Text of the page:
Mr. Adams's 21-year-son was one of the lucky ones. He has a rare disorder, phenylketonuria, or PKU, that can cause mental retardation. It was detected through newborn screening and he is in good health.
The number of tests performed varies wildly from province to province, leaving Canada lagging behind other developed countries.
Saskatchewan and Ontario come closest to following recommendations by the American College of Medical Genetics in 2005 that 29 tests be performed routinely on all babies.
Saskatchewan expanded its program in 2001 to 19 of the 29 diseases from the two for which most provinces had tested since the 1960s - PKU and congenital hypothyroidism. Ontario expanded its newborn screening program following a report in 2005 from the province's Ombudsman, André Marin, who said too many children were needlessly dying and being left permanently disabled.
British Columbia still tests for only four conditions. It is considering expanding the list to 12 diseases. Alberta is the only province that tests newborns for cystic fibrosis. Ontario and Saskatchewan will begin doing so in 2008.
The College of Medical Genetics said screening tests are necessary because the damage can begin before the first signs of illness appear. A machine developed in the 1990s can identify more than three dozen congenital diseases from a few drops of blood extracted from a newborn's heel. If detected by these tests, which cost about $50, most of these conditions can be readily treated.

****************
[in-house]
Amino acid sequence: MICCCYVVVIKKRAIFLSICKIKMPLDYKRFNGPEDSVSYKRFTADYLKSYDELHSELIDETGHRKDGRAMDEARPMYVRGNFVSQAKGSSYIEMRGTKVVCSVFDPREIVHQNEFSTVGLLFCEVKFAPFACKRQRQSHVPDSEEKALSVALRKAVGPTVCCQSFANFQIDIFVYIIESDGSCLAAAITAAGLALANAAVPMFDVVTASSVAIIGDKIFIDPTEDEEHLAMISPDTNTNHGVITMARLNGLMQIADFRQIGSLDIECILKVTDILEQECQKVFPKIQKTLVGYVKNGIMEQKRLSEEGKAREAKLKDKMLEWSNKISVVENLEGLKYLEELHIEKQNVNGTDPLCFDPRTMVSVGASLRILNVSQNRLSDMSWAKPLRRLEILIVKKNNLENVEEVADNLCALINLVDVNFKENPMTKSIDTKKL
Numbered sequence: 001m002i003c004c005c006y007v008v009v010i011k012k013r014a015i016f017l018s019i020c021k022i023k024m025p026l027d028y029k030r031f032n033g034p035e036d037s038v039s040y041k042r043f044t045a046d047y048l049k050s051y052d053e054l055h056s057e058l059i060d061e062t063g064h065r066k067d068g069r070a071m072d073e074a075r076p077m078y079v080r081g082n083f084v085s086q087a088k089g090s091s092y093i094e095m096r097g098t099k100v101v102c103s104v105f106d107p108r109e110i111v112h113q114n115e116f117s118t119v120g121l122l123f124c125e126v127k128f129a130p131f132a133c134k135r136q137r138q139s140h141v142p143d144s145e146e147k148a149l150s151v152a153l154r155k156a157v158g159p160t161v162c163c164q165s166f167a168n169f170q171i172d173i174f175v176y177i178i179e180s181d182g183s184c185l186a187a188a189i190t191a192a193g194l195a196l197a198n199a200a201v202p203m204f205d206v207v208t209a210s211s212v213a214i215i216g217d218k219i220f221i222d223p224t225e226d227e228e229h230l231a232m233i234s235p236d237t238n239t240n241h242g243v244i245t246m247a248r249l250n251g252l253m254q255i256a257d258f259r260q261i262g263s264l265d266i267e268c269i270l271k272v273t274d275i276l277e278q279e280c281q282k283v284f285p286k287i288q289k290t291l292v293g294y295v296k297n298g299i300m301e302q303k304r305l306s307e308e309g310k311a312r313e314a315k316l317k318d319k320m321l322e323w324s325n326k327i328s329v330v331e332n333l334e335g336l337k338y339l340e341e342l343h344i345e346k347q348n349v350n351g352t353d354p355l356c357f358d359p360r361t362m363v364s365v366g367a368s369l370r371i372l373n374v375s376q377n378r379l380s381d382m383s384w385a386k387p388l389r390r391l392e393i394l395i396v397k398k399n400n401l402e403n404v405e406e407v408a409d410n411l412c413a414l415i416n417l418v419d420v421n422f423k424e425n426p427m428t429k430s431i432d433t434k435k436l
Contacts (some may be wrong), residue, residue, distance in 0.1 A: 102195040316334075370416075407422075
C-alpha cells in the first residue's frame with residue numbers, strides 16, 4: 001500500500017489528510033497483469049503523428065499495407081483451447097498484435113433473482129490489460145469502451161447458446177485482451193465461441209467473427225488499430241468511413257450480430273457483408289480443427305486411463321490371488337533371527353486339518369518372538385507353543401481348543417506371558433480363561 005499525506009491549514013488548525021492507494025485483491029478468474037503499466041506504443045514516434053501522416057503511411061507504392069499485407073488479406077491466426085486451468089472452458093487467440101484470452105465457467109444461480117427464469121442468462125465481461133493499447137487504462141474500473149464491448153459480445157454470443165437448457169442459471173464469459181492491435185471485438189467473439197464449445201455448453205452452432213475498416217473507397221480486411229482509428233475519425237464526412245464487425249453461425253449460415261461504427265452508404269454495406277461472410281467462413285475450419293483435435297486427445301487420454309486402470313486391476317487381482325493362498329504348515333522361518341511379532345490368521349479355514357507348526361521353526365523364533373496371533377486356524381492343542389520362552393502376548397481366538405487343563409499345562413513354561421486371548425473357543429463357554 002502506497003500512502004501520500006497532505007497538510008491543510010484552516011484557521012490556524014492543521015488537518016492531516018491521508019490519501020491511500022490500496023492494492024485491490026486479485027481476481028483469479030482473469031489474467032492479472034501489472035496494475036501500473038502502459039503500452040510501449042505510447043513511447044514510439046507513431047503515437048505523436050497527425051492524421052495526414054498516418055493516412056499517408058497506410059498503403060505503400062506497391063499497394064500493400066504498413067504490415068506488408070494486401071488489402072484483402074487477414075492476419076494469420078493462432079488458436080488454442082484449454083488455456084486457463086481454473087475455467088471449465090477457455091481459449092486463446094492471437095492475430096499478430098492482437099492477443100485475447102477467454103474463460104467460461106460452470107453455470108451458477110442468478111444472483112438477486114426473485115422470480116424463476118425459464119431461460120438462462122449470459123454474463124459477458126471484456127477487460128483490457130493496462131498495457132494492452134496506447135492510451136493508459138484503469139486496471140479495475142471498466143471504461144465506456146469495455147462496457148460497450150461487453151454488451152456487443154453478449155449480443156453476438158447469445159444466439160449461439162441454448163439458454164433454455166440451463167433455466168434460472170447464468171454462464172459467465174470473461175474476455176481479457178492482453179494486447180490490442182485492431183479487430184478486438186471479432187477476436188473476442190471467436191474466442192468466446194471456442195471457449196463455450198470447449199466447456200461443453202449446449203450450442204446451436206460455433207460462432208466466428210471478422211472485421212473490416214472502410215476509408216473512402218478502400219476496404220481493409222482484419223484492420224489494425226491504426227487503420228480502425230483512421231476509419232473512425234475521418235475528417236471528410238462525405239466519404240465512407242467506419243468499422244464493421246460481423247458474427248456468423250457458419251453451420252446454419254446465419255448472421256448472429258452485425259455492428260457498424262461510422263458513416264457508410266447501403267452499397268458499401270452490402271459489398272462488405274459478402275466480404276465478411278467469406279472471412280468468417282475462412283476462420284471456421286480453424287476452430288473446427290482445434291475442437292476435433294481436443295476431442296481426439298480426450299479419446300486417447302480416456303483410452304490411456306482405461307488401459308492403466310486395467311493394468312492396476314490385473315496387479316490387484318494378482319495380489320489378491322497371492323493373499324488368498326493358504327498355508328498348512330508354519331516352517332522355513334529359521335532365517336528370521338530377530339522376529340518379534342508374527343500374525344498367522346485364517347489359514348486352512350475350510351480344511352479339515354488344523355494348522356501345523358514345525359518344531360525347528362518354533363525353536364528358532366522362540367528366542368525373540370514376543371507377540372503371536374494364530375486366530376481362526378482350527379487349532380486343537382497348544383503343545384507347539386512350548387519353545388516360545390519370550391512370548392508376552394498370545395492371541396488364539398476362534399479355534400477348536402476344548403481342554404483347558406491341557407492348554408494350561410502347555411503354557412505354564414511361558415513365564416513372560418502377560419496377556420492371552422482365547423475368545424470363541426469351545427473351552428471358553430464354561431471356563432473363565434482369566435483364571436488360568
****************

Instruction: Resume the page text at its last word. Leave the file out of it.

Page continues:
The college recommends testing for a core group of 29 diseases where treatment is available. However, GA II falls into that group of diseases where there is no consensus in the medical community on the most effective treatment, so it is not among the 29.
"There are people who would say that if you cannot treat a disease with absolute certainty then you shouldn't screen for it," Dr. Goodman said. "I don't happen to buy the argument."
In Canada, only three other provinces in addition to Saskatchewan - Nova Scotia, New Brunswick and Prince Edward Island - test for GA II.
But Ontario and six other provinces test for glutaric acidemia type I, which picks up the presence of GA II, Dr. Goodman said.
Of the 141,000 babies screened last year at the Children's Hospital of Eastern Ontario in Ottawa, which screens all the babies in Ontario, an estimated 200 were diagnosed with a rare disease, equivalent to about one in every 700 births, said Pranesh Chakraborty, director of the lab. No instances of GA II were found. He said it is a difficult balancing act deciding which diseases to include in the screening program.
With Renee, her parents had no idea anything was wrong with her until she became seriously ill at six months. She was rushed to the hospital by ambulance after vomiting and a high fever that left her slumped over in her baby seat. She spent 72 days in intensive care on life support.